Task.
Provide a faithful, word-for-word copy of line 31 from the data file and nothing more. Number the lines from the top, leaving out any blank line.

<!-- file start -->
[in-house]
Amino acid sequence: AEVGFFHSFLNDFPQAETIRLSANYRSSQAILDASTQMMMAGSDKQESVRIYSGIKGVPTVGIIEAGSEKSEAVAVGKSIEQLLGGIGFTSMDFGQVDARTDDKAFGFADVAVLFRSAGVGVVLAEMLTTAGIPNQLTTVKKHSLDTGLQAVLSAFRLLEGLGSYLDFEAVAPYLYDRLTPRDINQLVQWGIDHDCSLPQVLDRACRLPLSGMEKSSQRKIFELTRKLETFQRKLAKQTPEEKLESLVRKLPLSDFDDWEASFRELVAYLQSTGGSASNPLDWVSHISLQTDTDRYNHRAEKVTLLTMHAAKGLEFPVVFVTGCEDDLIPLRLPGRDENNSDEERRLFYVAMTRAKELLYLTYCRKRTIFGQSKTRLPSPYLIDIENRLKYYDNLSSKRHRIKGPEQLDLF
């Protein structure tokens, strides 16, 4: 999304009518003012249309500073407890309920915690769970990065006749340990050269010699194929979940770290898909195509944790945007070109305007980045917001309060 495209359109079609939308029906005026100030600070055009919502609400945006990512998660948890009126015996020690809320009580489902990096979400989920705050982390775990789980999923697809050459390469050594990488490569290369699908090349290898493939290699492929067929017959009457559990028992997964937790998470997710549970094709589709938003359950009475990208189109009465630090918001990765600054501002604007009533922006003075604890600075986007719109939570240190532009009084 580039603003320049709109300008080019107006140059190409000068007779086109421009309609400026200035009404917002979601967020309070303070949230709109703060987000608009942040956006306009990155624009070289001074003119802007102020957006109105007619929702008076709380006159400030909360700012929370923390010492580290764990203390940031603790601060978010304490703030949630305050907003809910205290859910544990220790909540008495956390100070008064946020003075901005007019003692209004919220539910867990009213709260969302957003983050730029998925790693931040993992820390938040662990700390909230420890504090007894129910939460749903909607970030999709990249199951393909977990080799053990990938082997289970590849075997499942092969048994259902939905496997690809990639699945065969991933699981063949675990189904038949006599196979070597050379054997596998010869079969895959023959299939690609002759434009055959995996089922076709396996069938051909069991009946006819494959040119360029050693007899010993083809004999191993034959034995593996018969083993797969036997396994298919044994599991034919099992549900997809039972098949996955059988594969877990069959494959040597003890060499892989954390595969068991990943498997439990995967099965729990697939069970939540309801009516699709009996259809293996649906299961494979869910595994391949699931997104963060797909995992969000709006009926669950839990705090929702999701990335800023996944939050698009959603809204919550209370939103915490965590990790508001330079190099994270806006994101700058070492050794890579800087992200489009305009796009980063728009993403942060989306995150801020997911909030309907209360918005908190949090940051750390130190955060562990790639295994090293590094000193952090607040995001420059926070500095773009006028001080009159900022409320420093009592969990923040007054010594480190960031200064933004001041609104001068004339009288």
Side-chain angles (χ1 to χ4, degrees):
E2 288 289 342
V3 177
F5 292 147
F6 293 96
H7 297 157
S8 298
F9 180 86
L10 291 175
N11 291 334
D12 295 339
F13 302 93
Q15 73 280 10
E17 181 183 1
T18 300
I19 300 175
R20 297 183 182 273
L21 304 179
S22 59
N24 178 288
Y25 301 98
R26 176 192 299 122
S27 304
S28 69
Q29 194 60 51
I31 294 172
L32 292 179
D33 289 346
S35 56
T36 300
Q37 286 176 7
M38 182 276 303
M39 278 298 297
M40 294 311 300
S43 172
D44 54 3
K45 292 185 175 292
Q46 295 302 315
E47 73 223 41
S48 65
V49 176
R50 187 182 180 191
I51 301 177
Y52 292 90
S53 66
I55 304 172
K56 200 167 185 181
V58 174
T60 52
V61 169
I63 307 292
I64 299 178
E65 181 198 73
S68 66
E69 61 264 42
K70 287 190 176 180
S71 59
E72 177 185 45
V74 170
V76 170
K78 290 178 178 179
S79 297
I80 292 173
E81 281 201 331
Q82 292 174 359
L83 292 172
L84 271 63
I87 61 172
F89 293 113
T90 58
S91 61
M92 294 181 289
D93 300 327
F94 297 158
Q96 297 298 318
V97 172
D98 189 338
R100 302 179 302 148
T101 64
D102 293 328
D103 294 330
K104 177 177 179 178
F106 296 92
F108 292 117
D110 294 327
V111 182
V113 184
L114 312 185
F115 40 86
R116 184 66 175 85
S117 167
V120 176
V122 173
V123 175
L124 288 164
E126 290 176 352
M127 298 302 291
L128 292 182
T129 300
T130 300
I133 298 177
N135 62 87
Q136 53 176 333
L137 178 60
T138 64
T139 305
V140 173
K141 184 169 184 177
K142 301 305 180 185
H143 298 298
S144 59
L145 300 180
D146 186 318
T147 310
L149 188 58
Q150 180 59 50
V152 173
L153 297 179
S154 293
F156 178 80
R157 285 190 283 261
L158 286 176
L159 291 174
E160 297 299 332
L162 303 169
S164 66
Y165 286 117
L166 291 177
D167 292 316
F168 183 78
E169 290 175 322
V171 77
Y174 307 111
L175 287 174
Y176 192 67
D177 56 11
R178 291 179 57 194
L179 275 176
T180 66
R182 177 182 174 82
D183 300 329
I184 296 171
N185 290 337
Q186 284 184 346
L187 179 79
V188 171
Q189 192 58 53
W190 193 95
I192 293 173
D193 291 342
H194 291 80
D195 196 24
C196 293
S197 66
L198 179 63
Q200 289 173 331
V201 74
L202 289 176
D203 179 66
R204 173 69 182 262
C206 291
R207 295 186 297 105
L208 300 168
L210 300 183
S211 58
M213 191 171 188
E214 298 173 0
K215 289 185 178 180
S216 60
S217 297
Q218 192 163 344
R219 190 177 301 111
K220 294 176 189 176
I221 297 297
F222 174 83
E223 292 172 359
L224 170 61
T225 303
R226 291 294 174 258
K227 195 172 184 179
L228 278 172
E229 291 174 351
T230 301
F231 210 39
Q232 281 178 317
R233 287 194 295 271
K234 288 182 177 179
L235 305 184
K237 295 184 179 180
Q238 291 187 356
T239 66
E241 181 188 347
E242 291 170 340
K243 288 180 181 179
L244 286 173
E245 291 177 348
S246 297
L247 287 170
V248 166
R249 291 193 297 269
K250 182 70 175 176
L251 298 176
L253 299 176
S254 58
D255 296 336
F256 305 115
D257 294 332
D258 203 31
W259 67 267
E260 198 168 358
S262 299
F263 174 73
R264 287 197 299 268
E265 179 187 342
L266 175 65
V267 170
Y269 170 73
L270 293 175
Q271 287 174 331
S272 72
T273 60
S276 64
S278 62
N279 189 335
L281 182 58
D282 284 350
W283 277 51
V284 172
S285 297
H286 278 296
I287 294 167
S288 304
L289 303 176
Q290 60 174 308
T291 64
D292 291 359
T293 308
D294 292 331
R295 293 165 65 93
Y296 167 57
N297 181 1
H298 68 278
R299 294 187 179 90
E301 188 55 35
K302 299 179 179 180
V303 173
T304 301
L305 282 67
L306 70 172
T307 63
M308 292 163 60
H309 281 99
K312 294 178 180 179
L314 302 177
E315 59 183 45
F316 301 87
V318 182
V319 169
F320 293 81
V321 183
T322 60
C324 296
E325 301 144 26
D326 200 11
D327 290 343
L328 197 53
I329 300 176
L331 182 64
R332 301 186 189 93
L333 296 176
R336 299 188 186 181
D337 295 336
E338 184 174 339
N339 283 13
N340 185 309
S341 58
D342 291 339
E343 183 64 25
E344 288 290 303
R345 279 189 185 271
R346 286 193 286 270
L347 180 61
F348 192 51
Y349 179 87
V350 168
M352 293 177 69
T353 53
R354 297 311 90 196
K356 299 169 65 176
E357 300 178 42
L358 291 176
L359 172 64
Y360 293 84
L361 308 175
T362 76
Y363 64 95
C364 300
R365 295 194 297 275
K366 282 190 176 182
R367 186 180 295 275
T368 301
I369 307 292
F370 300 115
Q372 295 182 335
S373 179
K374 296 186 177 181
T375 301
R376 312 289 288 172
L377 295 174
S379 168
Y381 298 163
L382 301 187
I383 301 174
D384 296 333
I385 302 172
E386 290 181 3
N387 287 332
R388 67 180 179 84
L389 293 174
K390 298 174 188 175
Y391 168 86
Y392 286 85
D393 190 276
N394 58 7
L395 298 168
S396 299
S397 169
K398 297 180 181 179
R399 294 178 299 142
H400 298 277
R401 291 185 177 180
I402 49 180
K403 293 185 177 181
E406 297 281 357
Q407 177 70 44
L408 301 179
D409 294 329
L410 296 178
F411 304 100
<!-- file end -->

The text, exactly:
D33 289 346